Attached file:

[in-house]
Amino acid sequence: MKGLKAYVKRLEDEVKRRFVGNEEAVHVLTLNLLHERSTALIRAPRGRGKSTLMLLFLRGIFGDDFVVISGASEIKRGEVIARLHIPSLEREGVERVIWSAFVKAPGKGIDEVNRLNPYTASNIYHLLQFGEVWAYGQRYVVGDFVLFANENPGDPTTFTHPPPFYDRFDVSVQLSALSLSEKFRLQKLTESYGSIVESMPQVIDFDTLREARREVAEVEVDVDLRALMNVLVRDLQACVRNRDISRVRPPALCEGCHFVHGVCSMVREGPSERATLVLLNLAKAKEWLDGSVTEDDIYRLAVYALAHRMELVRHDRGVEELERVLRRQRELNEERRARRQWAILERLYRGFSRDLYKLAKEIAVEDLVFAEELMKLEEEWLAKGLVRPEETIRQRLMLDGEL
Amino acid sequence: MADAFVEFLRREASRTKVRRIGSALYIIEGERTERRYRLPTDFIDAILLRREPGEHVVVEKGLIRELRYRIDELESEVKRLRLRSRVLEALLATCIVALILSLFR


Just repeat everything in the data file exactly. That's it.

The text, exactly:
[in-house]
Amino acid sequence: MKGLKAYVKRLEDEVKRRFVGNEEAVHVLTLNLLHERSTALIRAPRGRGKSTLMLLFLRGIFGDDFVVISGASEIKRGEVIARLHIPSLEREGVERVIWSAFVKAPGKGIDEVNRLNPYTASNIYHLLQFGEVWAYGQRYVVGDFVLFANENPGDPTTFTHPPPFYDRFDVSVQLSALSLSEKFRLQKLTESYGSIVESMPQVIDFDTLREARREVAEVEVDVDLRALMNVLVRDLQACVRNRDISRVRPPALCEGCHFVHGVCSMVREGPSERATLVLLNLAKAKEWLDGSVTEDDIYRLAVYALAHRMELVRHDRGVEELERVLRRQRELNEERRARRQWAILERLYRGFSRDLYKLAKEIAVEDLVFAEELMKLEEEWLAKGLVRPEETIRQRLMLDGEL
Amino acid sequence: MADAFVEFLRREASRTKVRRIGSALYIIEGERTERRYRLPTDFIDAILLRREPGEHVVVEKGLIRELRYRIDELESEVKRLRLRSRVLEALLATCIVALILSLFR